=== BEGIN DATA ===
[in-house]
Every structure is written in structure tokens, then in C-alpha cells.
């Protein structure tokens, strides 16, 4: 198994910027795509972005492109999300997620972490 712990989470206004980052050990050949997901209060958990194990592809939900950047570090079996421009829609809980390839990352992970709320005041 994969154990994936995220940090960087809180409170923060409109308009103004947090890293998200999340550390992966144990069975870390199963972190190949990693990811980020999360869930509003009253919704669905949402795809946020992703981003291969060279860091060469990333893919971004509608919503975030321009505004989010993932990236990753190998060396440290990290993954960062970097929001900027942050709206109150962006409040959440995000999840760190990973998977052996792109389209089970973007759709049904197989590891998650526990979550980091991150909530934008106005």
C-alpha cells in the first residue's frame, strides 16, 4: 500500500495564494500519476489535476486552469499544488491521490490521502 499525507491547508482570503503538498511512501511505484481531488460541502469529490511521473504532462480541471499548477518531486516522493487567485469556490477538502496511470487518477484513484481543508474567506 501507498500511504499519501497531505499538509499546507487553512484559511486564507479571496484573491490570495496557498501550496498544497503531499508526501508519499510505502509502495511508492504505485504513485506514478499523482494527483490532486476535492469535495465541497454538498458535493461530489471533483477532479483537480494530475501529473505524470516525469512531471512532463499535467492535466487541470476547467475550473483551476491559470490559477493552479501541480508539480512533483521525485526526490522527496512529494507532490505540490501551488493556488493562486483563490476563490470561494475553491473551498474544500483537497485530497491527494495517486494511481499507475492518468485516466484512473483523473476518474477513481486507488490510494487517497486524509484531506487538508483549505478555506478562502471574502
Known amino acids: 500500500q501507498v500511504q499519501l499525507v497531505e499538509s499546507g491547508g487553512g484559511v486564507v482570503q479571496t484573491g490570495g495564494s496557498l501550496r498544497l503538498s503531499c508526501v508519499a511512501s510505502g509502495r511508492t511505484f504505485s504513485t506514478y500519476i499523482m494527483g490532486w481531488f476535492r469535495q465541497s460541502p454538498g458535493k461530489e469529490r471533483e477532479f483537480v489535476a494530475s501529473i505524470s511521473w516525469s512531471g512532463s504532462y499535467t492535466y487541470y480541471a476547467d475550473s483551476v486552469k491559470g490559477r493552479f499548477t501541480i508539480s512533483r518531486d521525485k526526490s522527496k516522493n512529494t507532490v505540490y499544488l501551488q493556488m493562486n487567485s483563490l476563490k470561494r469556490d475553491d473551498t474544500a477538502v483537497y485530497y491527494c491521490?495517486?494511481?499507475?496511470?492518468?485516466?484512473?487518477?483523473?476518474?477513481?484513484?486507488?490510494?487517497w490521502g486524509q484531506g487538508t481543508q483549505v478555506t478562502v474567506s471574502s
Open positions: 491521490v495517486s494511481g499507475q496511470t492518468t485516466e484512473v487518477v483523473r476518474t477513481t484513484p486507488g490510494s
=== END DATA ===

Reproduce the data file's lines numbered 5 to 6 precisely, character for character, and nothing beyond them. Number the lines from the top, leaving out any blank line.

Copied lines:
Known amino acids: 500500500q501507498v500511504q499519501l499525507v497531505e499538509s499546507g491547508g487553512g484559511v486564507v482570503q479571496t484573491g490570495g495564494s496557498l501550496r498544497l503538498s503531499c508526501v508519499a511512501s510505502g509502495r511508492t511505484f504505485s504513485t506514478y500519476i499523482m494527483g490532486w481531488f476535492r469535495q465541497s460541502p454538498g458535493k461530489e469529490r471533483e477532479f483537480v489535476a494530475s501529473i505524470s511521473w516525469s512531471g512532463s504532462y499535467t492535466y487541470y480541471a476547467d475550473s483551476v486552469k491559470g490559477r493552479f499548477t501541480i508539480s512533483r518531486d521525485k526526490s522527496k516522493n512529494t507532490v505540490y499544488l501551488q493556488m493562486n487567485s483563490l476563490k470561494r469556490d475553491d473551498t474544500a477538502v483537497y485530497y491527494c491521490?495517486?494511481?499507475?496511470?492518468?485516466?484512473?487518477?483523473?476518474?477513481?484513484?486507488?490510494?487517497w490521502g486524509q484531506g487538508t481543508q483549505v478555506t478562502v474567506s471574502s
Open positions: 491521490v495517486s494511481g499507475q496511470t492518468t485516466e484512473v487518477v483523473r476518474t477513481t484513484p486507488g490510494s